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Patio Too Hot? Cool Down Your Outdoor Space with Misting Fans
When the weather gets warm, people everywhere like to make the most of it by spending time outdoors. But when the weather gets too warm, that's when people start complaining. There's no need for you and your family members to have to choose between staying indoors or sweltering outside in the heat and humidity-- you can keep your patio comfortable and refreshingly cool with misting fans.
What are Misting Fans?
The average electronic fan is an appliance that uses rotating blades to blow cool air around a space. Misting fans, however, take the concept of a regular electronic fan a step further by introducing a cooling mist to the air that is blown by the fan. Anyone standing in its path will get a refreshing cool down. That said, the mist usually consists of such fine water particles that people standing in front of it don't really get wet unless they're extremely close, usually less than six inches away.
The truth is, you've probably already seen jumbo-sized misting fans if you've seen professional sporting events held outside in hot weather (the NFL frequently uses them on the sidelines) or if you've attended a large outdoor event during the summer months. Amusement Parks also use misting fans to keep their guests cool. In fact, if you've ever seen a tent at a park or event marked something like "chill zone," it most likely had misting fans inside.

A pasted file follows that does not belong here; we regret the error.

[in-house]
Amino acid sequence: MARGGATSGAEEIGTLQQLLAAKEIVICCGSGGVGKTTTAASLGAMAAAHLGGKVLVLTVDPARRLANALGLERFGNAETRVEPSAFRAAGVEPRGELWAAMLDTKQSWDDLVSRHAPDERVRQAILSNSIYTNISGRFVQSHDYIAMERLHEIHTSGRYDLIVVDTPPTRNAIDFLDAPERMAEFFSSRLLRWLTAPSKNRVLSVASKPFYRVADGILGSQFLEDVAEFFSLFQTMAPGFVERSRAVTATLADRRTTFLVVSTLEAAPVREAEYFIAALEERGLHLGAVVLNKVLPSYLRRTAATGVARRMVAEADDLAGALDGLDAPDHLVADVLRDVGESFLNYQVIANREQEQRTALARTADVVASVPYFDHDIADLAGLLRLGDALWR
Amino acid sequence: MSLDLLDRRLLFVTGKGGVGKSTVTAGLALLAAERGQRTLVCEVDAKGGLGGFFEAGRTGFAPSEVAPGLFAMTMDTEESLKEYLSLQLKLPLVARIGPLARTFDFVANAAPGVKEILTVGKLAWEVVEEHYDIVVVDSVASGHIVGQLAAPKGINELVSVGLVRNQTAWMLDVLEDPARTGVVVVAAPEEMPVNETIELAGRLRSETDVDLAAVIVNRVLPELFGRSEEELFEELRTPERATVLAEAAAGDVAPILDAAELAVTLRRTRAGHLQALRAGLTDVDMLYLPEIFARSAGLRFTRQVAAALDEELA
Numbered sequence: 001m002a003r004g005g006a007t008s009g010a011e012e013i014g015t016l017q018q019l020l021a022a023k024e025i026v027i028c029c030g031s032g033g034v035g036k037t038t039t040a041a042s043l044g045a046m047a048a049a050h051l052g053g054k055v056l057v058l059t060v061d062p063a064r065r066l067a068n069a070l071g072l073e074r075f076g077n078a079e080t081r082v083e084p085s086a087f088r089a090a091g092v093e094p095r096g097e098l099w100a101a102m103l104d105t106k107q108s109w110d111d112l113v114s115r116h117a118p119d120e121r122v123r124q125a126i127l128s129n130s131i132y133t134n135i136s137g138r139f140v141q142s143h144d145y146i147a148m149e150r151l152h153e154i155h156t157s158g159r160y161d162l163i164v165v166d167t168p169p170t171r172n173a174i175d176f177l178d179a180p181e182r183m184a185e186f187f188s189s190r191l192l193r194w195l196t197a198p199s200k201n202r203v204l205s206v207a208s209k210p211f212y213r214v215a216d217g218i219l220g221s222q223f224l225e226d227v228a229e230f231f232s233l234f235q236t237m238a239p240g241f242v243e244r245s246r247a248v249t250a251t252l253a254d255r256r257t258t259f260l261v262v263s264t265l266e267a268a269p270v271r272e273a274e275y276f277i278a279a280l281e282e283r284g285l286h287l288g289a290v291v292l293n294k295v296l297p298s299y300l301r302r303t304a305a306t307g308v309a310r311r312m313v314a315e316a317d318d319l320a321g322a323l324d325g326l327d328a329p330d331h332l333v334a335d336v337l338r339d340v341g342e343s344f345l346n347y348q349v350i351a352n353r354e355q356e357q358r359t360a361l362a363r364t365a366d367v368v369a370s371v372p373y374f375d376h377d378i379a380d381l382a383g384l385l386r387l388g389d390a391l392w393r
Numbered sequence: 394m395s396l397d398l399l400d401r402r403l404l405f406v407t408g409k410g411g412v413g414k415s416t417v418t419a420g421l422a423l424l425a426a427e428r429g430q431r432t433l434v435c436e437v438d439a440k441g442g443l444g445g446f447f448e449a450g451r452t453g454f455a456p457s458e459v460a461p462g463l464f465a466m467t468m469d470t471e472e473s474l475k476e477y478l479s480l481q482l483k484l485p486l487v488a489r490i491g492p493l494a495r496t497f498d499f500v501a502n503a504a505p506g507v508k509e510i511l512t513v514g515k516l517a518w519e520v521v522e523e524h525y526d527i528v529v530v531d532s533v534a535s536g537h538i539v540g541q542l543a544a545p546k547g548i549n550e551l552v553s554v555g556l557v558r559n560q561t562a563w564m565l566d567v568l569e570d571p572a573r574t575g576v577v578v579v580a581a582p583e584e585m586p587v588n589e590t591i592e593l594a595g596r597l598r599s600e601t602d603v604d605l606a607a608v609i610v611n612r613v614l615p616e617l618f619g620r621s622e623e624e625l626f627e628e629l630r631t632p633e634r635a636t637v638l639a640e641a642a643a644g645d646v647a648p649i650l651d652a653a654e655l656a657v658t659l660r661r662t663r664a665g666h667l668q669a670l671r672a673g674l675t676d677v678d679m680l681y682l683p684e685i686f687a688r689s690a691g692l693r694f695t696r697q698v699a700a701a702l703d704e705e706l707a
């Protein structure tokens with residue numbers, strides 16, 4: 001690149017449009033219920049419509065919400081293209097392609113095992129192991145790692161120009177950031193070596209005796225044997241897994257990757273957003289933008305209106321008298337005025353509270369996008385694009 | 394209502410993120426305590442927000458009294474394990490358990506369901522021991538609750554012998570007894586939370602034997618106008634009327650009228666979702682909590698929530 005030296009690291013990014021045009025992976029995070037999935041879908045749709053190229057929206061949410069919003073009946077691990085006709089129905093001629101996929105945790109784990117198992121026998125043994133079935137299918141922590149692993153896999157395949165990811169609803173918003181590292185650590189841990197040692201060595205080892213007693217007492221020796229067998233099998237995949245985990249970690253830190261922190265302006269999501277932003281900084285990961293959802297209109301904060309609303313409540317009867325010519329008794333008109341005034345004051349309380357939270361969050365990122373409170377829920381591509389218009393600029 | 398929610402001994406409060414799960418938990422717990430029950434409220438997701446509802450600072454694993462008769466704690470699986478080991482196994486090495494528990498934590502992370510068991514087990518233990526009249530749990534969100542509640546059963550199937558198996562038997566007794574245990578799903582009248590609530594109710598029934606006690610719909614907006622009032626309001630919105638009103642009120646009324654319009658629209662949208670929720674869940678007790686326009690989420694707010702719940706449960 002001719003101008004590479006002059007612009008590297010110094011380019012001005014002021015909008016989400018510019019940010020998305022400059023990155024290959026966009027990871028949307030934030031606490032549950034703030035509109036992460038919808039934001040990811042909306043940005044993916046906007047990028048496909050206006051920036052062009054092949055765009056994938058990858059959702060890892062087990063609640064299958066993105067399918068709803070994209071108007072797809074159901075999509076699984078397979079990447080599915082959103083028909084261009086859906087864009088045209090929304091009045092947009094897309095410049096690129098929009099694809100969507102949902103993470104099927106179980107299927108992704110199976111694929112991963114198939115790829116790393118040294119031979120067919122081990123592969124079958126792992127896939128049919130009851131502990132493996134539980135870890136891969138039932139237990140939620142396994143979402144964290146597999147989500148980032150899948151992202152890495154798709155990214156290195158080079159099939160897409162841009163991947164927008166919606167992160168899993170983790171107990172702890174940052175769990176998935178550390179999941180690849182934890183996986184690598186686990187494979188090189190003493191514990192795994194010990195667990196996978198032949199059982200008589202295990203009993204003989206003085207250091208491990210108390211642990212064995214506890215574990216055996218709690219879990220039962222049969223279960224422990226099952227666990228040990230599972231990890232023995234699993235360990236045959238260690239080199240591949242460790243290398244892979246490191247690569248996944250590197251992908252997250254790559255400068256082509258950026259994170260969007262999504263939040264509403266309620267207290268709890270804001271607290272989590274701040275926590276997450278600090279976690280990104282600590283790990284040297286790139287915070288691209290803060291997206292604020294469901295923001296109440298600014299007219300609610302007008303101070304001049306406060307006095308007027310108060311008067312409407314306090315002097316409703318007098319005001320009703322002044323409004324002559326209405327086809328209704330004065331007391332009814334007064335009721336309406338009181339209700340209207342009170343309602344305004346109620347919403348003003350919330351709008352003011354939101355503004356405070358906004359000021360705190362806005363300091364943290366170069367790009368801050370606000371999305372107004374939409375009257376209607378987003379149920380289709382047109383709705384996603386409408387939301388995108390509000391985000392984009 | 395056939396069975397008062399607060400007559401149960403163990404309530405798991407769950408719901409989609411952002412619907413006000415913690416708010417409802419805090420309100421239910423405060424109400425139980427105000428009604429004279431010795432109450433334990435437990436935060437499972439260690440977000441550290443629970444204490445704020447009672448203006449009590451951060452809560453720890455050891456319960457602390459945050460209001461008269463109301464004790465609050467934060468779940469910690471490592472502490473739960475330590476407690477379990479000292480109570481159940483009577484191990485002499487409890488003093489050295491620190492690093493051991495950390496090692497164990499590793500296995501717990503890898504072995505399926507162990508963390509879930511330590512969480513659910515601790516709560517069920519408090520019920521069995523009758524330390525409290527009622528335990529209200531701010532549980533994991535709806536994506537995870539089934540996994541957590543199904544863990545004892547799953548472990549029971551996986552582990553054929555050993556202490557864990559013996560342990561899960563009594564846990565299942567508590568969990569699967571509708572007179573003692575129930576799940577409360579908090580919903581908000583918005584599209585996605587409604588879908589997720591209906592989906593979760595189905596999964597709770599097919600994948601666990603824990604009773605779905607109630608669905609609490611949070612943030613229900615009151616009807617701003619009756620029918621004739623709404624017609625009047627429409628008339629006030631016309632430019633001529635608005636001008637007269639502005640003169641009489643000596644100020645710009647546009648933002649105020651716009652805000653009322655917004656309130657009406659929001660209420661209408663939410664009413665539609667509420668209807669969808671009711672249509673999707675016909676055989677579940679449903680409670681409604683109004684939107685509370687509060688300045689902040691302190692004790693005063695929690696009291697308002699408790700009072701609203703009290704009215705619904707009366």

How Misting Fans Work
Misting fans are basically regular fans, but with the added element of water (these fans must be connected to a water source). Because the mist from these fans lingers in the air, the space around them can easily be kept up to 40 degrees cooler than the temperature of the surrounding environment, and you don't even need to walk directly in front of one of these fans to feel its cooling effect.
The average misting fan operates using thermal dynamics and water evaporation to lower temperatures. Although other types of cooling appliances that use water evaporation do so by drawing in warm air through water soaked pads (instantly cooling it), the typical misting fan takes a slightly different approach. Here, water is pumped through very fine openings on a nozzle out into the warm open air being circulated in the fan. These water droplets pull the heat energy along with them and create a cooled mist, which evaporates quickly, thereby maintaining the cooled environment around the fan. You can see the pattern of how this works in the diagram shown here:
Installing a Misting Fan on Your Patio
While jumbo misting fans are busy keeping people at large events cool, you can do the same for your patio or deck area with a smaller version. Patio misting fans are lower pressure and quieter than their large, industrial-size counterparts, while still being powerful enough to keep your outdoor space pleasantly cool. Some people with larger patios and/or decks choose to install multiple misting fans to ensure the entire area is covered, although you should know that most outdoor misting fans for your backyard can cover hundreds of square feet (for example, the NewAir AF-520 misting fan can provide cooling coverage for an area up to 500 square feet). So, unless you happen to have an extraordinarily large patio space, you really only need one misting fan.